Here’s why Martin Luther King wore a lei on his historic Alabama march

When civil rights activists set off on their famous march in Selma, Alabama, Dr. Martin Luther...
When civil rights activists set off on their famous march in Selma, Alabama, Dr. Martin Luther King Jr. and others wore plumeria lei sent by the Rev. Abraham Akaka. The lei were sown by kupuna at Kawaiahao Church.(Courtesy: Bettman Archive)
Published: Jan. 13, 2022 at 8:38 PM CST|Updated: Jan. 17, 2022 at 11:16 AM CST
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HONOLULU (HawaiiNewsNow) - A month after Hawaii became a state in 1959, Dr. Martin Luther King Jr. visited Oahu to address the first state Legislature and to meet with the Rev. Abraham Akaka.

“They were both men of great commitment to God and to the idea that although things were not equal for everybody, they needed to be,” said Akaka’s son, Jeffrey.

The kahu of Kawaiahao Church and the civil rights champion became close friends.

That’s why in 1965 King and other civil rights leaders wore lei when they led a history-making march in Alabama from Selma to Montgomery.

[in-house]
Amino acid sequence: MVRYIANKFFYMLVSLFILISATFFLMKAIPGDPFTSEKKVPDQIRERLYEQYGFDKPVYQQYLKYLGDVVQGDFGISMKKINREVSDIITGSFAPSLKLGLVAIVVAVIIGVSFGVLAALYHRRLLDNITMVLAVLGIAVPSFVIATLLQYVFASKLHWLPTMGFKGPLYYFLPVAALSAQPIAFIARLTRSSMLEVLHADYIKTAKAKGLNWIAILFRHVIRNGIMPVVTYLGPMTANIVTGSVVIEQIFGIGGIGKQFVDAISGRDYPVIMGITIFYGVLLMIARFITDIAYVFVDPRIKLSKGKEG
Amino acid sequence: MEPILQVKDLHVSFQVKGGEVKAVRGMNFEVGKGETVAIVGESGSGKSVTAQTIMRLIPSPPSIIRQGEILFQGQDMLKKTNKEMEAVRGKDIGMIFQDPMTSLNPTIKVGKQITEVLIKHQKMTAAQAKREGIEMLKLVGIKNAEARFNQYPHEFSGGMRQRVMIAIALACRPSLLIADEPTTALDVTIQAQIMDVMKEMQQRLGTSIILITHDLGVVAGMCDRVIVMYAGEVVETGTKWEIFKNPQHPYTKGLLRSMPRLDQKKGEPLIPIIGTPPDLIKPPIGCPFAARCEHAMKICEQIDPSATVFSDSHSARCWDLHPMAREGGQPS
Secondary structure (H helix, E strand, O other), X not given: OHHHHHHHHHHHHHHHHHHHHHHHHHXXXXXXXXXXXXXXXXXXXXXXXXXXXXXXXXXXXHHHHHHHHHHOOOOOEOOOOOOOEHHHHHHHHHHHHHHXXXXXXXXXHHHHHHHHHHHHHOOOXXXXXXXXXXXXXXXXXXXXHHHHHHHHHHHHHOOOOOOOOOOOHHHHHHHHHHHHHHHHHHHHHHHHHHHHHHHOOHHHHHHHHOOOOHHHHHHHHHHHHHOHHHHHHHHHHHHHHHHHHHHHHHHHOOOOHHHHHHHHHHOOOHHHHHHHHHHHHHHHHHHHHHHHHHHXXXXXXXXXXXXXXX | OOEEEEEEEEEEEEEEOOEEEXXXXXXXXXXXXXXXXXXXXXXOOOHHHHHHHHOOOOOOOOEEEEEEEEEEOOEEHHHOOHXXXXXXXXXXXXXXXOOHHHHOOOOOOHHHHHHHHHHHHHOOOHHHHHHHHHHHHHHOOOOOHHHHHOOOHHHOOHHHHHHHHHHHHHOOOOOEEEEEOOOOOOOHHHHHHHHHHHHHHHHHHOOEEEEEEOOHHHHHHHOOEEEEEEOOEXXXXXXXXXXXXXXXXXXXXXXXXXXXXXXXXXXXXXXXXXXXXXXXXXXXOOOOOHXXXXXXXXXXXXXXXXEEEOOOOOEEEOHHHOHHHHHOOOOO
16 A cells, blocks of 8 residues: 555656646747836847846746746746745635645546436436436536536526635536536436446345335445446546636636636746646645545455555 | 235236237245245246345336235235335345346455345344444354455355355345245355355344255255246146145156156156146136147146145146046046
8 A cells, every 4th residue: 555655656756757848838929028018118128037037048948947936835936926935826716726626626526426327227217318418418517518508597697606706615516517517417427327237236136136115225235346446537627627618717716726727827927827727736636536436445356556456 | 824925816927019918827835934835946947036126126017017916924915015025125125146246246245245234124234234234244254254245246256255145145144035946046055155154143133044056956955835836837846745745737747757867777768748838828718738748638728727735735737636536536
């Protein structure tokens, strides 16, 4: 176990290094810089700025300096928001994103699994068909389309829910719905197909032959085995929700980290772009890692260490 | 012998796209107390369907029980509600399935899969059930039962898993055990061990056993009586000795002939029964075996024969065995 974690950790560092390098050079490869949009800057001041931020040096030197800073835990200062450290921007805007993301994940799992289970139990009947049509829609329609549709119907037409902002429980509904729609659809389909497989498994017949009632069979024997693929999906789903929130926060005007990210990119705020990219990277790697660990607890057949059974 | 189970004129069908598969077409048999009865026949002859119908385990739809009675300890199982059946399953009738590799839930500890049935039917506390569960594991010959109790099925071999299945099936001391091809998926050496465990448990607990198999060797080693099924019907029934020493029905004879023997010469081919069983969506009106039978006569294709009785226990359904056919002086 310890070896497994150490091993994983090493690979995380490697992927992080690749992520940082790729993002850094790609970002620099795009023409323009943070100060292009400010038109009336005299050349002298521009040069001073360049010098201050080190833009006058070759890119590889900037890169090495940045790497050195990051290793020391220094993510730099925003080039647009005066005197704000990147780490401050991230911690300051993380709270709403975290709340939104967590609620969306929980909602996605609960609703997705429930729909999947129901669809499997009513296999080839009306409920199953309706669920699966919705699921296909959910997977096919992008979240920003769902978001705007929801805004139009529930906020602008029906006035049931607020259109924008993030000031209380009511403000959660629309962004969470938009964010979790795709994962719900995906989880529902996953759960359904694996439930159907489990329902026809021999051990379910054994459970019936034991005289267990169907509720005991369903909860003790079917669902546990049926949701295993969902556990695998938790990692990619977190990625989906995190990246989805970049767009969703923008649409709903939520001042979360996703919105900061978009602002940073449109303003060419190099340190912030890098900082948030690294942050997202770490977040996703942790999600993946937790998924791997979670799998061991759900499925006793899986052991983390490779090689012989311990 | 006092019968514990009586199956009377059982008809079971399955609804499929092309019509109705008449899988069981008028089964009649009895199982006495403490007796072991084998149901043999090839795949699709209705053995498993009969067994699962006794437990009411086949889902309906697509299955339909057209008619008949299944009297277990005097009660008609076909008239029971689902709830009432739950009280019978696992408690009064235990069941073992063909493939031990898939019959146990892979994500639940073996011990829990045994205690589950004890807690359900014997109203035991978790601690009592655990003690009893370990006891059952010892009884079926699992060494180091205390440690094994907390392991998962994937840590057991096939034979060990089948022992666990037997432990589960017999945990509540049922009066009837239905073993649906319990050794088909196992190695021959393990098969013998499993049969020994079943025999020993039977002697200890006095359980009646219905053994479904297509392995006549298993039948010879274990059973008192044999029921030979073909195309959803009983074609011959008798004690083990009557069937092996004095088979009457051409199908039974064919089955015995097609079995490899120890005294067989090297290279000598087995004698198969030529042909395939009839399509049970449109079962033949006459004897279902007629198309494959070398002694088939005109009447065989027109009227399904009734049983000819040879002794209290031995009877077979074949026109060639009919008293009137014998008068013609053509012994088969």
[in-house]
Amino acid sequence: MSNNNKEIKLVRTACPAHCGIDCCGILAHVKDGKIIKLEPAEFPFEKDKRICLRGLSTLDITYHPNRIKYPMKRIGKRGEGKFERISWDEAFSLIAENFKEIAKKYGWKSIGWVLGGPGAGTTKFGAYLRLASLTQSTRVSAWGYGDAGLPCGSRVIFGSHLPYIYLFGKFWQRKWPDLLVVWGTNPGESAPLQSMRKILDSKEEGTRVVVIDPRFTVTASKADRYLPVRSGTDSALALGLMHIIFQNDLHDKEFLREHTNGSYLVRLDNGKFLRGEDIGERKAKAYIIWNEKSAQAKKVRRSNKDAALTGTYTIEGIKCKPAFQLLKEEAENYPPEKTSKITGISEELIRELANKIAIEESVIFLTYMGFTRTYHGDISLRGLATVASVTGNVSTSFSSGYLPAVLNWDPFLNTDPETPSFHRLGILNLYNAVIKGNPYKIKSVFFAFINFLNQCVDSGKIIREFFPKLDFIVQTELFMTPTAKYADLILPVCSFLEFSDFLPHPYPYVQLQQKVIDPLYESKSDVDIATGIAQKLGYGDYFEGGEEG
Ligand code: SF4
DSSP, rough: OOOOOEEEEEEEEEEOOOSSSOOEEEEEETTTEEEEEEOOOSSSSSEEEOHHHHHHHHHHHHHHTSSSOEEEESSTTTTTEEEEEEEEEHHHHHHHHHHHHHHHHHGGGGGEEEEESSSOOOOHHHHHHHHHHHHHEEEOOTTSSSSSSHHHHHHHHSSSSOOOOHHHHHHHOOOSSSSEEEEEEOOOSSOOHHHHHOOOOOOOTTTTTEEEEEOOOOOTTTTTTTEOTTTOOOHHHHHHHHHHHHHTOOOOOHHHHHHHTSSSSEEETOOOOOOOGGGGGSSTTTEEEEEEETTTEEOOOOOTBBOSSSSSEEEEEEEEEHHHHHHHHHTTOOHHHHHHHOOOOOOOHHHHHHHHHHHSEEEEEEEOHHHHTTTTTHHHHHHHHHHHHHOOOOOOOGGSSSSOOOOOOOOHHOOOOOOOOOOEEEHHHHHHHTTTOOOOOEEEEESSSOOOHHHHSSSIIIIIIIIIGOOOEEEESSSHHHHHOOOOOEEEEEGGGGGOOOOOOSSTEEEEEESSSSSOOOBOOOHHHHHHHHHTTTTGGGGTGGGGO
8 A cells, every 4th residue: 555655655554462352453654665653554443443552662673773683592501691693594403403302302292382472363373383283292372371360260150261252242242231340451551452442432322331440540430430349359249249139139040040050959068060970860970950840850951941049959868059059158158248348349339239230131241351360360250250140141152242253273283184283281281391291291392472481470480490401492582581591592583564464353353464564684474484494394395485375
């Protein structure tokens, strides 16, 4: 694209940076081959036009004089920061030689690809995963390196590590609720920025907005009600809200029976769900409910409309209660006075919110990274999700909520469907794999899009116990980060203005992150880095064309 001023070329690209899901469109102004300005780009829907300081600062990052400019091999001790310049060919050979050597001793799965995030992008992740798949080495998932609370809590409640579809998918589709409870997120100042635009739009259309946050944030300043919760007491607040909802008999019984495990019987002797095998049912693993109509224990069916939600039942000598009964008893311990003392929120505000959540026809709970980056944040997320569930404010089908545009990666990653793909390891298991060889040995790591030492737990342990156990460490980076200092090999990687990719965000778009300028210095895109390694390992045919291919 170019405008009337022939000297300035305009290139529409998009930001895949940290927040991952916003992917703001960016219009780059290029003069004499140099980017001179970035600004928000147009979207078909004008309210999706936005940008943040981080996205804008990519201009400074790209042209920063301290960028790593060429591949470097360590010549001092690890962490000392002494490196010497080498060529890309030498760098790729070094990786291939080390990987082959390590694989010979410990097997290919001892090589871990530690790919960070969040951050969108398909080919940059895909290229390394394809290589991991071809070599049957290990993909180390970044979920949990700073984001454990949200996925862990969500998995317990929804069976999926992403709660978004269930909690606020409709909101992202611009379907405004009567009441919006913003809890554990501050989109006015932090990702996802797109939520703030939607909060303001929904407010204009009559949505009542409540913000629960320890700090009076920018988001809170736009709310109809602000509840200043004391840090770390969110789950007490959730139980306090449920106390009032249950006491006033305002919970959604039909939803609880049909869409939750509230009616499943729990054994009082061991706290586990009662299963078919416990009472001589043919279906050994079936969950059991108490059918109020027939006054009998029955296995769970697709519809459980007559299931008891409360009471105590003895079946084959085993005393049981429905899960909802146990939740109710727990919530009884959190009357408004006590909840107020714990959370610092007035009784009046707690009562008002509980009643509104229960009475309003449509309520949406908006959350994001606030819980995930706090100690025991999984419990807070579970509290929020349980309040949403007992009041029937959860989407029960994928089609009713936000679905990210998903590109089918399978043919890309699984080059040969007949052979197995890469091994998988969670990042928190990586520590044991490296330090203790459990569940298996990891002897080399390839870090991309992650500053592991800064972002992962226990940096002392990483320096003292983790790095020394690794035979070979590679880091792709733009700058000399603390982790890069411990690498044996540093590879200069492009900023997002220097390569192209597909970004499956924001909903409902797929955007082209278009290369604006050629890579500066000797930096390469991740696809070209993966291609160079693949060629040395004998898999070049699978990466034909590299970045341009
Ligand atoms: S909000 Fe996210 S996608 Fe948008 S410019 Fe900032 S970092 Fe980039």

“For the final march on Selma, my dad was in solidarity with Dr. King,” Jeffrey Akaka said.

The lei were sewn by kupuna in Akaka’s congregation and put into a box with a copy of a personal note. Akaka’s daughter, Pualani has her dad’s handwritten draft and is still overcome when she reads aloud the words he wrote.

“Dear brother, Martin Luther King, as you bring good news to the meek, bind up those that are bruised, release the captives, our prayer and aloha reach to enfold you. History will honor this hour because his chosen servant was faithful, and a great nation responded to that faithfulness. Aloha. A.A..”

The lei were hand delivered to King by a group from Hawaii that included Charles Campbell who would go on to chair Hawaii’s Civil Rights Conference.

“Mr. Campbell went to the march itself, so that’s how the leis got there,” Pualani said.

She and her siblings didn’t see their father’s reaction to the Selma march. But they remember his own personal campaign for civil rights. When he lobbied for the nation’s passage of the civil rights bill, he went to Washington to deliver lei to lawmakers.

“And he called for Hawaii to be the Aloha state. And see what happened? Hawaii is the Aloha state,” Jeffrey Akaka said.

Abraham Akaka was the pastor of Kawaiahao Church for nearly 30 years. The plumeria King wore at Selma came from the church grounds and hold their own special place in that pivotal point in history.

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